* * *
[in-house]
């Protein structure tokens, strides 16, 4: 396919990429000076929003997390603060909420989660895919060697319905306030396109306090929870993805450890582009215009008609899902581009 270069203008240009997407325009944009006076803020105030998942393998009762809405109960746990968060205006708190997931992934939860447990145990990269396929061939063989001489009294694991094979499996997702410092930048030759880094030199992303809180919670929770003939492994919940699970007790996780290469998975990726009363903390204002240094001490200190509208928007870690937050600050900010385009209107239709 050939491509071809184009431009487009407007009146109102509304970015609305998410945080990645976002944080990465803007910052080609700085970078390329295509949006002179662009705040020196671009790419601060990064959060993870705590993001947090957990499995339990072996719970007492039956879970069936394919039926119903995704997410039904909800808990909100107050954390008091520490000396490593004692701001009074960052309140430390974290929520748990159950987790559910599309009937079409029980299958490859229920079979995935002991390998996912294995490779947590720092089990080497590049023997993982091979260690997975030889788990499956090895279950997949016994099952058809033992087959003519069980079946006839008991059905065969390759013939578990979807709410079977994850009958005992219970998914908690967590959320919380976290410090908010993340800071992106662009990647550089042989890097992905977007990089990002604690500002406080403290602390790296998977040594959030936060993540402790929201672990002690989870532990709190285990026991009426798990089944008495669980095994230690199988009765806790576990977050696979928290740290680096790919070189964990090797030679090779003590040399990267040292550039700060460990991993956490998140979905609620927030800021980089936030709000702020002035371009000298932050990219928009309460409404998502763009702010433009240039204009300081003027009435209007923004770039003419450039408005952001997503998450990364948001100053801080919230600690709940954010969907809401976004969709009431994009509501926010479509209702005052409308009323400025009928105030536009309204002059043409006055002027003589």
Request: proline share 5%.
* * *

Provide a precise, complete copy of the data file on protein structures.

[in-house]
């Protein structure tokens, strides 16, 4: 396919990429000076929003997390603060909420989660895919060697319905306030396109306090929870993805450890582009215009008609899902581009 270069203008240009997407325009944009006076803020105030998942393998009762809405109960746990968060205006708190997931992934939860447990145990990269396929061939063989001489009294694991094979499996997702410092930048030759880094030199992303809180919670929770003939492994919940699970007790996780290469998975990726009363903390204002240094001490200190509208928007870690937050600050900010385009209107239709 050939491509071809184009431009487009407007009146109102509304970015609305998410945080990645976002944080990465803007910052080609700085970078390329295509949006002179662009705040020196671009790419601060990064959060993870705590993001947090957990499995339990072996719970007492039956879970069936394919039926119903995704997410039904909800808990909100107050954390008091520490000396490593004692701001009074960052309140430390974290929520748990159950987790559910599309009937079409029980299958490859229920079979995935002991390998996912294995490779947590720092089990080497590049023997993982091979260690997975030889788990499956090895279950997949016994099952058809033992087959003519069980079946006839008991059905065969390759013939578990979807709410079977994850009958005992219970998914908690967590959320919380976290410090908010993340800071992106662009990647550089042989890097992905977007990089990002604690500002406080403290602390790296998977040594959030936060993540402790929201672990002690989870532990709190285990026991009426798990089944008495669980095994230690199988009765806790576990977050696979928290740290680096790919070189964990090797030679090779003590040399990267040292550039700060460990991993956490998140979905609620927030800021980089936030709000702020002035371009000298932050990219928009309460409404998502763009702010433009240039204009300081003027009435209007923004770039003419450039408005952001997503998450990364948001100053801080919230600690709940954010969907809401976004969709009431994009509501926010479509209702005052409308009323400025009928105030536009309204002059043409006055002027003589």
Request: proline share 5%.